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Northern India sizzles with a colourful vibrancy like no other. The splendour and romance of Rajasthan is evident in the glamorous palaces and forts of the maharajas that have been transformed into luxury hotels. The cool hill stations in the Himalayan foothills and tea plantations sit alongside vibrant and chaotic cities. The tropical southern part of India is vastly different to the north – both in its character, scenery and cuisine. It is renowned for its relaxed, almost spiritual culture, lush scenery, welcoming people, gourmet food and amazing spas and resorts.
India has vast climate changes from the north to the south. The most comfortable time to visit most of India is during the cooler months of October to March. The summer months between April and June are hot with temperatures in central India reaching up to 45 degrees. This would be the ideal time to visit the hill stations such as Shimla and Darjeeling for a cool retreat.
Delhi is sprinkled with glittering gems; captivating ancient monuments,
magnificent museums, and some of the subcontinents best places to eat.
A vibrant melting pot, Delhi encapsulates two very different worlds, the ‘old’
and the ‘new’.
NATIONAL PARKS Whilst not widely known as a wildlife destination, India offers Asia’s greatest nature experiences for travellers with an excellent network of national parks and safari lodges. The big cats such as Tiger and Leopard are widely distributed and often seen on jeep safaris.
Few places in India are as colourful or charismatic as Varanasi. The city is the
beating heart of the Hindu universe, and the Ganges the river of salvation.
Watching the sun rise over the Ganges is a spiritual experience.
The cool hill stations of southern India are excellent retreats from the
bustling and chaotic cities. Laden with lakes, tea plantations, sanctuaries
and national parks, they are perfect for escaping the heat.
Kerala is a tropical state of backwaters, beaches, house boats and Ayurvedic
treatments. An ancient port of call for the Chinese, Arabs, Jews, British,
French and Portuguese, this history is reflected in its buildings and local
RAJASTHAN From historic cities rich in forts and palaces, bazaars and colour, to superb countryside homestays and fascinating villages, this desert state is the source of much of India’s most iconic images and experiences. Don’t miss it.
Inter-city transport in India may not be the fastest or the most comfortable in the world, but it’s cheap and goes more or less everywhere. You generally have the option of train or bus, sometimes plane, and occasionally even boat. Transport around town comes in even more permutations, ranging in Kolkata, for example, from human-pulled rickshaws to a state-of-the-art metro system.Whether you’re on road or rail, public transport or your own vehicle, India offers the chance to try out some classics: narrow-gauge railways, steam locomotives, the Ambassador car and the Enfield Bullet motorbike – indeed some people come to India for these alone.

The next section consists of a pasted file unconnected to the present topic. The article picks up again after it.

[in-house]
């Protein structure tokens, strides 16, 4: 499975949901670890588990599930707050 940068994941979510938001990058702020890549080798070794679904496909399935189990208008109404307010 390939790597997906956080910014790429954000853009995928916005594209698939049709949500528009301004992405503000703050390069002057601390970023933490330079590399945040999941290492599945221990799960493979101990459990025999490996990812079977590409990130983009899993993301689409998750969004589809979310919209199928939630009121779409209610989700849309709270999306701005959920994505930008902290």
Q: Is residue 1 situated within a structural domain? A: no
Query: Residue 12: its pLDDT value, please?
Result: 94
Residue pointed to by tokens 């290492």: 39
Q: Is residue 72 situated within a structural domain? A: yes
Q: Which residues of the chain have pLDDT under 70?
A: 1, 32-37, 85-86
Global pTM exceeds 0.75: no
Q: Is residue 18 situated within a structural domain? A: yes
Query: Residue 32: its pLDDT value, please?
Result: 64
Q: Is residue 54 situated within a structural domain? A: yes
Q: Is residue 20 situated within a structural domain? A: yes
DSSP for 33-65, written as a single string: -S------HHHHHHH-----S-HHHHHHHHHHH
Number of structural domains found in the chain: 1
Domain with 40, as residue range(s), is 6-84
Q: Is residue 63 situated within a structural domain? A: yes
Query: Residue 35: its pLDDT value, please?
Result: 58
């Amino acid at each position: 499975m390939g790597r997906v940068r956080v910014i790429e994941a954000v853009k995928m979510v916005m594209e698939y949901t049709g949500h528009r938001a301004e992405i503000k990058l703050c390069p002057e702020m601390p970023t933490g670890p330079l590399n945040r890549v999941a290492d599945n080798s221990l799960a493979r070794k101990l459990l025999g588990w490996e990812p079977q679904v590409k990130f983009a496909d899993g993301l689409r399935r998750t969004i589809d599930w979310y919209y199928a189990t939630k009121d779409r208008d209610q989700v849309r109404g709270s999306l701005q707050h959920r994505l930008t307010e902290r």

Luggage for internal flights
Economy Class 15kg
Hindi, English, and 16 other official languages.
The following information is intended as a guide only and in no way should it be used as a substitute for professional medical advice relative to a travellers individual needs and vaccination history. No guarantee is made as to its accuracy or thoroughness. For further information, please contact The Travel Doctor on (+64) 9 373 3531. Vaccination against hepatitis A is recommended for travellers to India. Frequent or long stay travellers should consider vaccination against hepatitis B. Vaccination against rabies (particularly if working with animals), typhoid (particularly when travelling to areas with poor sanitation and hygiene) and meningitis should be considered by travellers to India. Cholera is reported in India but vaccination is generally not recommended. Care with food and beverage selection is far more important. Those spending at least 4 weeks in rural areas of the transmission zone may require vaccination against Japanese Encephalitis. There is a medium risk of malaria in India and dengue fever also occurs, thus insect avoidance measures and anti malarial medication may be necessary depending on your itinerary. Please consult a medical practitioner or contact The Travel Doctor for your specific risk to these preventable diseases and the appropriate avoidance measures. New Zealanders travelling to India should ensure that they have adequate travel insurance to cover the length of their stay. Medications that are legal in New Zealand may be illegal in other countries.